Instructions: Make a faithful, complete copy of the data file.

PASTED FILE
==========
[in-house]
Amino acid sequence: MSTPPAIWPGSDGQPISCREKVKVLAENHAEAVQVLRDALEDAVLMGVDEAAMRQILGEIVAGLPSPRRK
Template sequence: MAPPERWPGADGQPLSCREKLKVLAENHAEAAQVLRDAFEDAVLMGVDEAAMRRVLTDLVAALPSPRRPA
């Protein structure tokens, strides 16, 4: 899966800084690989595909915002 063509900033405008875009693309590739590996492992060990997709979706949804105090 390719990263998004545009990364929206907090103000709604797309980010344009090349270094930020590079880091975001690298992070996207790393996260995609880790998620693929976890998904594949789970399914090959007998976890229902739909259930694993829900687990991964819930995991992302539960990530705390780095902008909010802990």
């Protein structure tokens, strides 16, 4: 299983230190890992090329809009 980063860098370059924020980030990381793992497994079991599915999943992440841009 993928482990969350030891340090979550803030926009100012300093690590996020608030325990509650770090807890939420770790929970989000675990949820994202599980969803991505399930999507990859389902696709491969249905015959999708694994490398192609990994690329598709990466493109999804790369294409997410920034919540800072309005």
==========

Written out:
[in-house]
Amino acid sequence: MSTPPAIWPGSDGQPISCREKVKVLAENHAEAVQVLRDALEDAVLMGVDEAAMRQILGEIVAGLPSPRRK
Template sequence: MAPPERWPGADGQPLSCREKLKVLAENHAEAAQVLRDAFEDAVLMGVDEAAMRRVLTDLVAALPSPRRPA
């Protein structure tokens, strides 16, 4: 899966800084690989595909915002 063509900033405008875009693309590739590996492992060990997709979706949804105090 390719990263998004545009990364929206907090103000709604797309980010344009090349270094930020590079880091975001690298992070996207790393996260995609880790998620693929976890998904594949789970399914090959007998976890229902739909259930694993829900687990991964819930995991992302539960990530705390780095902008909010802990």
């Protein structure tokens, strides 16, 4: 299983230190890992090329809009 980063860098370059924020980030990381793992497994079991599915999943992440841009 993928482990969350030891340090979550803030926009100012300093690590996020608030325990509650770090807890939420770790929970989000675990949820994202599980969803991505399930999507990859389902696709491969249905015959999708694994490398192609990994690329598709990466493109999804790369294409997410920034919540800072309005």